Cost competitiveness is the key element in the market strategy of local pharmaceuticals company CPT Pharma (CPT standing for Chemical Process Technologies). The company opened its R50-million generic active pharmaceutical ingredients (APIs) pilot plant in Pretoria in early November. This is a joint project with the Industrial Development Corporation and the Technology Innovation Agency, and enjoys the support of the departments of Science and Technology and Trade and Industry, and the National Department of Health.
APIs are crucial components in the manufacture of pharmaceuticals. One or more APIs, combined with nonactive ingredients, are used to make pharmaceuticals. Hitherto, all APIs used by local pharmaceuticals companies have been imported into the country, mainly from India and China.
“To produce different chemicals, you need different technologies. So we identified the APIs we wanted to produce, and looked at the technologies used to produce them. It all depends on the chemistry of the molecule concerned. If we can’t find a better way of producing it, we won’t produce it,” explains CPT Pharma MD Dr Hannes Malan. “To be competitive, we identify the cost drivers in the synthesis of every molecule. That cost driver could be a specific intermediate product or raw material, or it could be a process step with a low yield. Once we’ve identified the cost driver, we look at alternative technologies. These can include a different raw material (so changing the synthesis route altogether), or sometimes it can be process optimisation (which involves repeating the process over and over again until we understand exactly what is happening in that process). For every molecule, we’ve got a costing model. And every change we make, we update the costing and see how we are progressing in developing a cost-competitive alternative route.”
For the immediate future, the company will use its pilot plant to produce two APIs, used in the treatment of tuberculosis. Within the next 12 months, these will be augmented with two more APIs, used in the treatment of endoparasites (intestinal parasites) in both humans and animals. These APIs will all be produced in test batches, varying in size between 5 kg and 15 kg, depending on the chemical involved. These test batches will then be used for stability tests for each of these APIs. There will also be enough material produced to supply to potential customers to use to make the actual pharmaceuticals, which, in turn, would also be subject to stability tests.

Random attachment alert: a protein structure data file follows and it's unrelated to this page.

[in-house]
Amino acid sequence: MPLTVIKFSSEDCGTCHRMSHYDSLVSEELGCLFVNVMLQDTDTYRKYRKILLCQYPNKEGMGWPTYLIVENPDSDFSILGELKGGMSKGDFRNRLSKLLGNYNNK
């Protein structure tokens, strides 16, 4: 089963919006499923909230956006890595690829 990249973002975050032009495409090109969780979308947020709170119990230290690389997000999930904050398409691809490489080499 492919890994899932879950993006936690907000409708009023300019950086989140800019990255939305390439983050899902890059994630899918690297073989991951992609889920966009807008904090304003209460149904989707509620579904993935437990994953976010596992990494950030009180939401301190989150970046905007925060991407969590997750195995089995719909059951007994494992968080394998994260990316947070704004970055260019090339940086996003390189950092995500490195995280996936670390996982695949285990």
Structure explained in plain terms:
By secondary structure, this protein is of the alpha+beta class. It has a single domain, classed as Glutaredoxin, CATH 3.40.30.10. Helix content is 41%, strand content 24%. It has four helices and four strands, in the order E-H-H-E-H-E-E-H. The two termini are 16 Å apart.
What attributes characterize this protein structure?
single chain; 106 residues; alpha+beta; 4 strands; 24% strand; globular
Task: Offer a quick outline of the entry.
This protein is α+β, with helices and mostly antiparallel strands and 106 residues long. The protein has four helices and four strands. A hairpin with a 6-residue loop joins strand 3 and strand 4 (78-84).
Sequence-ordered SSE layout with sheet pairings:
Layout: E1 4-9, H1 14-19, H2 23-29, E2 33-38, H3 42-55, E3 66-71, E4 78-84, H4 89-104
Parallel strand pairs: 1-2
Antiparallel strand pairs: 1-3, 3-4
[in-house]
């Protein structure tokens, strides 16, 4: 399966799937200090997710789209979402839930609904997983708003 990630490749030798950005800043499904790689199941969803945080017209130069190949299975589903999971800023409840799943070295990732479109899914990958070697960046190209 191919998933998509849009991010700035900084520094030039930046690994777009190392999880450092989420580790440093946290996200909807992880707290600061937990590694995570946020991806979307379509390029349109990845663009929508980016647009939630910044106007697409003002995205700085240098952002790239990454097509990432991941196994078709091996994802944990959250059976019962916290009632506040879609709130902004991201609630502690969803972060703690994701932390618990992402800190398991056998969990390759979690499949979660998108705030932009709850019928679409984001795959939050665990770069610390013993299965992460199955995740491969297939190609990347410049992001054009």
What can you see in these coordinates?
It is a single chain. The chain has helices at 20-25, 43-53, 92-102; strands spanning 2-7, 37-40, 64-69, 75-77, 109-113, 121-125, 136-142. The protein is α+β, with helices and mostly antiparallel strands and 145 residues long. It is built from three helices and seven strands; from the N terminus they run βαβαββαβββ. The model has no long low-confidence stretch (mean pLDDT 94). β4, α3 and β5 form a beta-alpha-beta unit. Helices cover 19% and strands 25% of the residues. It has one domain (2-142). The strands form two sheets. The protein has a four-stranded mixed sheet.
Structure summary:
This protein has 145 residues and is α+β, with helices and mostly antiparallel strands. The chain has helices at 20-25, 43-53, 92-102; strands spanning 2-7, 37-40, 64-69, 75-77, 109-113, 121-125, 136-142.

The company is currently developing another five APIs in its laboratory. They should be ready to be taken to the pilot plant when production of the test batches of the first four APIs has been completed.
Prior to starting commercial production, CPT Pharma has to be registered by its customers as a supplier. Also, its plant has to be certified by the South African Health Products Regulatory Authority (which was established in June, replacing the Medicines Control Council). The company is, as far as possible, trying to run these two processes in parallel in order to save time.
“We hope to start with the design of a commercial plant in 12 to 18 months,” reports Malan. “We have some space on our property to build a commercial plant for the first four APIs. Also, for some of the chemicals, we’re looking at the reactors in the pilot plant, which are big enough to produce commercial batches. But we can only do that once we’re certified.”